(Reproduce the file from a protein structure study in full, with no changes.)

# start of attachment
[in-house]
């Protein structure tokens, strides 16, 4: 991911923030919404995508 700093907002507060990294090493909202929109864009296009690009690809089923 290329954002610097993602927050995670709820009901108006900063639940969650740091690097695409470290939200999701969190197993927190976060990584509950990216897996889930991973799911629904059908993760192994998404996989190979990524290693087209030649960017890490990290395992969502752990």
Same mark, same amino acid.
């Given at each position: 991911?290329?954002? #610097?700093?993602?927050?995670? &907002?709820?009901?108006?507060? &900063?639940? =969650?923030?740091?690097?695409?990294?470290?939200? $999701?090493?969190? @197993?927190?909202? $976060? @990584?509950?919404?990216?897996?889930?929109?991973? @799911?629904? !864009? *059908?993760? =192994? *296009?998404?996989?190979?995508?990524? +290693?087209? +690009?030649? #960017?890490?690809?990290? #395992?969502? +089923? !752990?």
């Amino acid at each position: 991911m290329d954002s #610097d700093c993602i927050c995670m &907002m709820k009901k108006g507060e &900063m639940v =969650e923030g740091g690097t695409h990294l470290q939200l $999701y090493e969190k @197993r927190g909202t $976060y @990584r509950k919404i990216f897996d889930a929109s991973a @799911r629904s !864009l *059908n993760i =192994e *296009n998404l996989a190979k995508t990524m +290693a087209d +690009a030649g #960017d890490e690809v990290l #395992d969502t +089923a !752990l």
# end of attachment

[in-house]
């Protein structure tokens, strides 16, 4: 991911923030919404995508 700093907002507060990294090493909202929109864009296009690009690809089923 290329954002610097993602927050995670709820009901108006900063639940969650740091690097695409470290939200999701969190197993927190976060990584509950990216897996889930991973799911629904059908993760192994998404996989190979990524290693087209030649960017890490990290395992969502752990």
Same mark, same amino acid.
């Given at each position: 991911?290329?954002? #610097?700093?993602?927050?995670? &907002?709820?009901?108006?507060? &900063?639940? =969650?923030?740091?690097?695409?990294?470290?939200? $999701?090493?969190? @197993?927190?909202? $976060? @990584?509950?919404?990216?897996?889930?929109?991973? @799911?629904? !864009? *059908?993760? =192994? *296009?998404?996989?190979?995508?990524? +290693?087209? +690009?030649? #960017?890490?690809?990290? #395992?969502? +089923? !752990?």
């Amino acid at each position: 991911m290329d954002s #610097d700093c993602i927050c995670m &907002m709820k009901k108006g507060e &900063m639940v =969650e923030g740091g690097t695409h990294l470290q939200l $999701y090493e969190k @197993r927190g909202t $976060y @990584r509950k919404i990216f897996d889930a929109s991973a @799911r629904s !864009l *059908n993760i =192994e *296009n998404l996989a190979k995508t990524m +290693a087209d +690009a030649g #960017d890490e690809v990290l #395992d969502t +089923a !752990l």